april: indigenous people on tour in north america
The delegation, which included representatives from Australia, Papua New Guinea, and the United States, claimed that Barrick Gold, in which the New York State Pension Fund holds almost $100 million in shares, is responsible for human rights abuses and the environmental devastation of their land. Friends of the Earth International campaigners were also present at the meeting, specifically calling attention to the impact that climate change is having on Indigenous Peoples.
FoE Australia campaigner Natalie Lowrey and Neville "Chappy" Williams, Wiradjuri elder and spokesperson for Mooka and Kalara United Families, were previously in Canada as part of a speaking tour of communities affected by Barrick Gold mining operations. The tour took place following the UN Permanent Forum on Indigenous Issues in New York in April. The impact of climate change on indigenous communities from around the poor world, and the solutions taken by the industrialized countries to tackle the current environmental crisis, were among the main concerns at this meeting. The indigenous peoples and organizations that took part in the forum discussed climate change, cultural diversity, the livelihood of the native peoples and new challenges.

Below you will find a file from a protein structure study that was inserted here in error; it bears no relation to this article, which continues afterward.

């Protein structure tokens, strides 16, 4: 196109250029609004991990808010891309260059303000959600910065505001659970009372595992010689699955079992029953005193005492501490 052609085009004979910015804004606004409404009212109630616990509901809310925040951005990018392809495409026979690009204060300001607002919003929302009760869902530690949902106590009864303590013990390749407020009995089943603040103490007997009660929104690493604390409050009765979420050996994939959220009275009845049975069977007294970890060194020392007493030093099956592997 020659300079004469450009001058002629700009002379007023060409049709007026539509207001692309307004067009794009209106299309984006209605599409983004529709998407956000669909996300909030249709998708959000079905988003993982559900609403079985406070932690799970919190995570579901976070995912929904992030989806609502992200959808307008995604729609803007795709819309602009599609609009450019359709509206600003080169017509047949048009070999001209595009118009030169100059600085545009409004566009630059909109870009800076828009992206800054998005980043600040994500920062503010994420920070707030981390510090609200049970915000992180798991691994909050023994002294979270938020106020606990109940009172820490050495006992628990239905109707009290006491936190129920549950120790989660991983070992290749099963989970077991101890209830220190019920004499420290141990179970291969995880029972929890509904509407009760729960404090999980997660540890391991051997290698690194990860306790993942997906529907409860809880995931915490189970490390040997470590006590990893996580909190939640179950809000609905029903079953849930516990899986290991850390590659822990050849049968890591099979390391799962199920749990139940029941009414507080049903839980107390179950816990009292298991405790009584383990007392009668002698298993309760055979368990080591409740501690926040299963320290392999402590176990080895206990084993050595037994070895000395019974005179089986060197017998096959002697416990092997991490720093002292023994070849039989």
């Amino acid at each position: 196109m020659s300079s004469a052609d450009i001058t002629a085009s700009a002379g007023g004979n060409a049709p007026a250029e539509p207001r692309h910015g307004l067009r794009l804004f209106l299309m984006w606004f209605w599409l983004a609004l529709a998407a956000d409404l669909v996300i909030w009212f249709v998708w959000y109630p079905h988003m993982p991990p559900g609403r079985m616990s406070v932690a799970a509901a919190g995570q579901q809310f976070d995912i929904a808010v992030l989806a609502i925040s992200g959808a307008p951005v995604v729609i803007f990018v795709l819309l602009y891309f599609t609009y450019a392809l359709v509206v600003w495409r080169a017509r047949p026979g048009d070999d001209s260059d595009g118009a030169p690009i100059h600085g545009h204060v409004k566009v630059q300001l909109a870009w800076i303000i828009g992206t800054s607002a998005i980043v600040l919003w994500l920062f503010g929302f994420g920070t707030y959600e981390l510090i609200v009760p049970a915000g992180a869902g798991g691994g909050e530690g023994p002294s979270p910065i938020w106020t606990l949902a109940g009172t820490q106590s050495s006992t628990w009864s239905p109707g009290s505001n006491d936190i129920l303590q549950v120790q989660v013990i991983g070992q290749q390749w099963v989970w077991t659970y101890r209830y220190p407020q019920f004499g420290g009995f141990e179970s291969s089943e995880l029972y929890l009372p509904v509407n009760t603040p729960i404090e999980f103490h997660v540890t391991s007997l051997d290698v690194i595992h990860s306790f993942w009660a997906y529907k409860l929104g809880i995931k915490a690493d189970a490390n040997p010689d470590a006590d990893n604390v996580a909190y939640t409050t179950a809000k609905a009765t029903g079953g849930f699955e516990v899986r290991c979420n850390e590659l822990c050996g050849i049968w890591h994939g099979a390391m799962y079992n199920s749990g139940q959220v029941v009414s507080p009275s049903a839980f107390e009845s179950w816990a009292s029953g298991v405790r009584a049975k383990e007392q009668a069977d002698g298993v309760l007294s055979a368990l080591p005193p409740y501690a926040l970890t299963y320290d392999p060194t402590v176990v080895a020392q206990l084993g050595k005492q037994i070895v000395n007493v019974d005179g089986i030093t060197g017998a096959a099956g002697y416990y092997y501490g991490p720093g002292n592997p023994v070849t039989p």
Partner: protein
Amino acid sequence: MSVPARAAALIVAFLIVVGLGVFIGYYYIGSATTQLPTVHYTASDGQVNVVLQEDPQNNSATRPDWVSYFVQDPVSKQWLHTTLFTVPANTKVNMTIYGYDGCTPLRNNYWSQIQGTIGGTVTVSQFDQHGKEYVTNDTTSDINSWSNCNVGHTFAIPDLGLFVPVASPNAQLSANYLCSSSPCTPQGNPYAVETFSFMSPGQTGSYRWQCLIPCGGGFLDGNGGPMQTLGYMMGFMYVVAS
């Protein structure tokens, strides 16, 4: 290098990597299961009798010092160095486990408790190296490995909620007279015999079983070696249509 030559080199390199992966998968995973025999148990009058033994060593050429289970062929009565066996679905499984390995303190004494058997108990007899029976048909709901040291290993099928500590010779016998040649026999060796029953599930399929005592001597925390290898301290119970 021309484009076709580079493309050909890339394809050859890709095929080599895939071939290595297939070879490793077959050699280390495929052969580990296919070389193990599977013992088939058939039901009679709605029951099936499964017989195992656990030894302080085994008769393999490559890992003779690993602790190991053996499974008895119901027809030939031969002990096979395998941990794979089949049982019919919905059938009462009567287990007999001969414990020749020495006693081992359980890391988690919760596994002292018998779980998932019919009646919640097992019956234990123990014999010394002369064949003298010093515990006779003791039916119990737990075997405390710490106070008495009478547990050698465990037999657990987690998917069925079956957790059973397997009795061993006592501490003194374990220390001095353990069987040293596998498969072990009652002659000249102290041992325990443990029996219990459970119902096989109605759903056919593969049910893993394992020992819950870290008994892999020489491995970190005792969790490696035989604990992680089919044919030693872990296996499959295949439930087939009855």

Real World Radio interviewed Juana Camacho, a member of Friends of the Earth's international coordination of the climate and energy program. She said: "Friends of the Earth International is here to support the struggle of the indigenous movement for climate justice, to learn from their position and strategies to face the environmental crisis. We are not following closely what is happening in the UN structure, but rather what happens outside".
You can listen to her interview here: www.radiomundoreal.fm/rmr/rmr/?q=en/node/25196